MANILA -- One of the come-ons for vinyl records is the cover artwork.
Filipina visual artist Camille dela Rosa got the surprise of her life when metal band Sepultura got in touch with her asking if they could use one of her paintings for their new album.
“Getting asked to do the cover for the new album of an international superstar band like Sepultura is something,” beamed dela Rosa during an interview a Paper Moon coffee shop at SM Megamall.
That album is “Machine Messiah,” the 14th in Sepultura’s 23-year history. The concept of the album is life or humanity came from a machine and the offspring of is some biomechanical savior. The band’s guitarist, Andreas Kisser, was searching online for art or an artists whose style fits the concept of the album and they found dela Rosa.
Kisser reached out through a representative of San Miguel Corporation which sponsored the band’s show in Manila last year.
“I was surprised when I was contacted,” said dela Rosa. “First of all, the painting was finished in 2010 and while my work was inspired by the late Swiss painter H.R. Giger (whose claim to fame was painting stunning or even disturbing visuals of humans and machines linked together in some cold biomechanical relationship), my work has changed over the years. Nevertheless, the work has many elements from my personal life and beliefs.”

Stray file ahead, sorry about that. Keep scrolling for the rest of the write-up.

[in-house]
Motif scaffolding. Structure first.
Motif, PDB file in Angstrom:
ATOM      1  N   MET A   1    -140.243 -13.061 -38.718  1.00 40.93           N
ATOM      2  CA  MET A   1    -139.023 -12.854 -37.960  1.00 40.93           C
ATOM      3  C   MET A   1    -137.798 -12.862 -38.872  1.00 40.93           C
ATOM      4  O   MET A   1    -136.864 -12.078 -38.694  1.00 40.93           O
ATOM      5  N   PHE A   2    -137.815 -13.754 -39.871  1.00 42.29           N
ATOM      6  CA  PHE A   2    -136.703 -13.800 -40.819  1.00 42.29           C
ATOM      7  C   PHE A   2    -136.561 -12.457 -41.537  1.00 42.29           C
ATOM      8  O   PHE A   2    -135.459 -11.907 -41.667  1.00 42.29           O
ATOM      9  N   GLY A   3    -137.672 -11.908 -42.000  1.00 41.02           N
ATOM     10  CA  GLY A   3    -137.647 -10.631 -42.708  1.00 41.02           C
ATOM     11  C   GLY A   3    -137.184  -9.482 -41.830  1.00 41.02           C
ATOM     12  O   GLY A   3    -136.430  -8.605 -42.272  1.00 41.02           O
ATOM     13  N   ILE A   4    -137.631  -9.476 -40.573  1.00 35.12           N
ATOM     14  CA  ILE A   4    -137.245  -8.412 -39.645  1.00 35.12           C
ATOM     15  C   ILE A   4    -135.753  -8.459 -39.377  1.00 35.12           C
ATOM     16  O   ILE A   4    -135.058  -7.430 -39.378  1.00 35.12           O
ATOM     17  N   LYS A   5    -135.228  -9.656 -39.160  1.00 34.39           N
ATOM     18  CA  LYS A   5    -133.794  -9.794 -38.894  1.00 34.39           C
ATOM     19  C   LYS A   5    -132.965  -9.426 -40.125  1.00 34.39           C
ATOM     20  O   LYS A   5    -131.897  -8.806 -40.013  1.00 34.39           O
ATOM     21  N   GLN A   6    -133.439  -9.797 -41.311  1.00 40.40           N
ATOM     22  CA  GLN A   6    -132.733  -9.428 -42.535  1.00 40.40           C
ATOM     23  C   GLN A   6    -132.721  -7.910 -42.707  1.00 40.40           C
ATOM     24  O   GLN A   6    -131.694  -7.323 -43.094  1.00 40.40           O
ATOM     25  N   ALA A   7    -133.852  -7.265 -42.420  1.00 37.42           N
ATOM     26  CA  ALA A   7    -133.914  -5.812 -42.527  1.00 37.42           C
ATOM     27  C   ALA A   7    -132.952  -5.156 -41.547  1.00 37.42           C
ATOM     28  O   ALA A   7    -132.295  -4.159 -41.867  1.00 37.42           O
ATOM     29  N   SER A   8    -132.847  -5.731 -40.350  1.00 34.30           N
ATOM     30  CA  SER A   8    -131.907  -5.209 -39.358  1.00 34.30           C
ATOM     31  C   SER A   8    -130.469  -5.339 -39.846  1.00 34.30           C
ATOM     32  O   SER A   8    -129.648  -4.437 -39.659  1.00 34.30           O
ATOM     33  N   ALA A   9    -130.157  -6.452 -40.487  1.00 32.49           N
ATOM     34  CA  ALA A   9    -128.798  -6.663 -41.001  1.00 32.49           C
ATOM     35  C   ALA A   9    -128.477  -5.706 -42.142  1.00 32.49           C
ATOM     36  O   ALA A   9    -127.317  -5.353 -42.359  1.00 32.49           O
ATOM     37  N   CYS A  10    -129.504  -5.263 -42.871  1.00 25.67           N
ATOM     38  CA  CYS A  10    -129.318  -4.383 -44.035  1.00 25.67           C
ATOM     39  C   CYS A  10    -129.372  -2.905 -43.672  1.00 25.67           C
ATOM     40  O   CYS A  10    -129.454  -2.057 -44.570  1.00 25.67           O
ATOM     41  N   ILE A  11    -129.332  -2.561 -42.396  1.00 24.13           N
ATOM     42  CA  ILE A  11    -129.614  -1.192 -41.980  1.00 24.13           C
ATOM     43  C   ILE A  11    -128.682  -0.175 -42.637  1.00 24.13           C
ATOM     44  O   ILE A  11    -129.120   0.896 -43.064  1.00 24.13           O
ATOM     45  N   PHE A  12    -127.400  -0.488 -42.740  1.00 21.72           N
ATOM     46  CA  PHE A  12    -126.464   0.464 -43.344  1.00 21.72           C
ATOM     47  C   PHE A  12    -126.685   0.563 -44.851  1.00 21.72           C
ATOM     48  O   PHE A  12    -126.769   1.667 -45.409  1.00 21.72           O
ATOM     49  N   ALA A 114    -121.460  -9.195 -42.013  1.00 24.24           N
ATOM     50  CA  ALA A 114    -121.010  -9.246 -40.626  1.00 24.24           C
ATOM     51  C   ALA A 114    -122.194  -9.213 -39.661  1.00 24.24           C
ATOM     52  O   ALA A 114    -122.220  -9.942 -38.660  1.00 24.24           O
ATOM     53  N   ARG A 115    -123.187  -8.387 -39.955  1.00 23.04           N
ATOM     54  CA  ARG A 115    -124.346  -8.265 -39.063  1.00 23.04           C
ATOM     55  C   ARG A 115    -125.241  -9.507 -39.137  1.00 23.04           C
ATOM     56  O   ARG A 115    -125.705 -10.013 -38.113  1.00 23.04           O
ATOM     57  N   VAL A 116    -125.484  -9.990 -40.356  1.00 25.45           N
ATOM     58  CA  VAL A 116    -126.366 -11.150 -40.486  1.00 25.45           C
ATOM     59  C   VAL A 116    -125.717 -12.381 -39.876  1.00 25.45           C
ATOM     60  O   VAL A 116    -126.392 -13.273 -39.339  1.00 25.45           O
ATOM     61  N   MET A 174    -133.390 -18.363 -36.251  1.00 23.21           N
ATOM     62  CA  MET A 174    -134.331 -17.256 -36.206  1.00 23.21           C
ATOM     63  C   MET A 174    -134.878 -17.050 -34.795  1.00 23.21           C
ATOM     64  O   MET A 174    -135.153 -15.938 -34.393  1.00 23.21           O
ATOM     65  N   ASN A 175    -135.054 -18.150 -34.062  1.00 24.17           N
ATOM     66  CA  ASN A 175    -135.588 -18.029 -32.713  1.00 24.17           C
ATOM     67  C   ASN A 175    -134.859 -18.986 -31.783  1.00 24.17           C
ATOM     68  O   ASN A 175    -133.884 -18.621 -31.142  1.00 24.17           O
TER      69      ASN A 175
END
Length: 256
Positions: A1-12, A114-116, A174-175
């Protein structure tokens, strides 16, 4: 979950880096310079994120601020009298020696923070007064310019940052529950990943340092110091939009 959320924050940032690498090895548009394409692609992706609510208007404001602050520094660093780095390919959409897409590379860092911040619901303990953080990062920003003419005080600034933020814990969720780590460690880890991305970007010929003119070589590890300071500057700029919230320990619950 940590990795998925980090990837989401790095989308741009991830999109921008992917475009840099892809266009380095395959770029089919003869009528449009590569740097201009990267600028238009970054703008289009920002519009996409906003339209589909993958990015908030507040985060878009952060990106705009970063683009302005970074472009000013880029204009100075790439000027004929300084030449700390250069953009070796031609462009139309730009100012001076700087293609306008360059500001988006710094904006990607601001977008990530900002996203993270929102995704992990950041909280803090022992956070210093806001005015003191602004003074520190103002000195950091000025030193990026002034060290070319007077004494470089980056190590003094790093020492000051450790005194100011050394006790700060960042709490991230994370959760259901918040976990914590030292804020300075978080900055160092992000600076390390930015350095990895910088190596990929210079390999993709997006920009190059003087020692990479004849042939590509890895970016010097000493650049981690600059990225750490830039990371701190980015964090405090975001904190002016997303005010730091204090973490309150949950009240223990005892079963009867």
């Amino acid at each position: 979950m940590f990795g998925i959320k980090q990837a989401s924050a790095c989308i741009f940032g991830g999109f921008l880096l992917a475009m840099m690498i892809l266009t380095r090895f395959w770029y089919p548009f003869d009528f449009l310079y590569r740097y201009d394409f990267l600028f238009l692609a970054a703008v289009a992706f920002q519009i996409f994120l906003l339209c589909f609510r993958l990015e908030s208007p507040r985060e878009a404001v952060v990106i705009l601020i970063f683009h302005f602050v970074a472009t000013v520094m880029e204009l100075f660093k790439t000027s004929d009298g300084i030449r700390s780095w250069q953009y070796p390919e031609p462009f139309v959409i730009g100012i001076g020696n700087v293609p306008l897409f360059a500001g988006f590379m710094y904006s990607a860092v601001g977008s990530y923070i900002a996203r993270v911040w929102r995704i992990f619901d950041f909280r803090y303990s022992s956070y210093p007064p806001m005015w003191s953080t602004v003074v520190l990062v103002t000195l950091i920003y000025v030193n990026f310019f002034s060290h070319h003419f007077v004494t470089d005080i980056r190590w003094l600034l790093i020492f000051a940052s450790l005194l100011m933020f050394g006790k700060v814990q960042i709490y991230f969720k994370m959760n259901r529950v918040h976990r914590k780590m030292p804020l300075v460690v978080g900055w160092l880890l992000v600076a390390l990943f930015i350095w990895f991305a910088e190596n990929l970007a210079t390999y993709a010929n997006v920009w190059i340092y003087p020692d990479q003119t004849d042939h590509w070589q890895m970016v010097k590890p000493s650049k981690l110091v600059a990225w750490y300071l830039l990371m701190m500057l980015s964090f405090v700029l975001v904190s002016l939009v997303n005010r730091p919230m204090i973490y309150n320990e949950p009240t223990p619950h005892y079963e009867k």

The title of the painting is “Deux ex Machina,” rendered on 48x48 inch oil on canvass.
“Machine Messiah” was released last January through Nuclear Blast Records. The record though isn’t available locally as one has to import it if they want a copy.
“I never even heard of Sepultura until they got in touch with me,” admitted dela Rosa. “The band was a sweatheart as they were nice. And they sent me copies of the album and the DVD.”
“I think artists work in phases,” revealed the 34-year old University of the Philippines alumna. “I have this taste and preference for horror films. Not because of the gore but because of the effects and the makeup. As an artist, that fascinates me.”
She grew up in a family of artists so the influence to follow in their footsteps was there at an early age. Yet her late father, Ibarra, forbade her to paint. “He probably felt that there wasn’t much money in art. Instead I went into voice (not like there is money in that as well),” she said.
Dela Rosa would sing in shows and did some bit of showbiz joining "Ang TV" during its second season. “Like I said, that was a phase,” she laughed. “Mahiyain kasi ako so it’s hard for me to be in front of cameras."
She finally took up painting – landscape and abstract -- when her father passed away in 1998.
With her work on Sepultura’s new album, she hopes she’ll get more high-profile work.
“Right now, a lot of the interest in my work comes from Europe,” summed up dela Rosa, who is actually on leave now from her work as she is doing some other Christian work. “I’ve done some exhibits in Europe. Hopefully, we’ll have more. But it’s cool being on a rock record, even if it’s not my favorite kind of music.”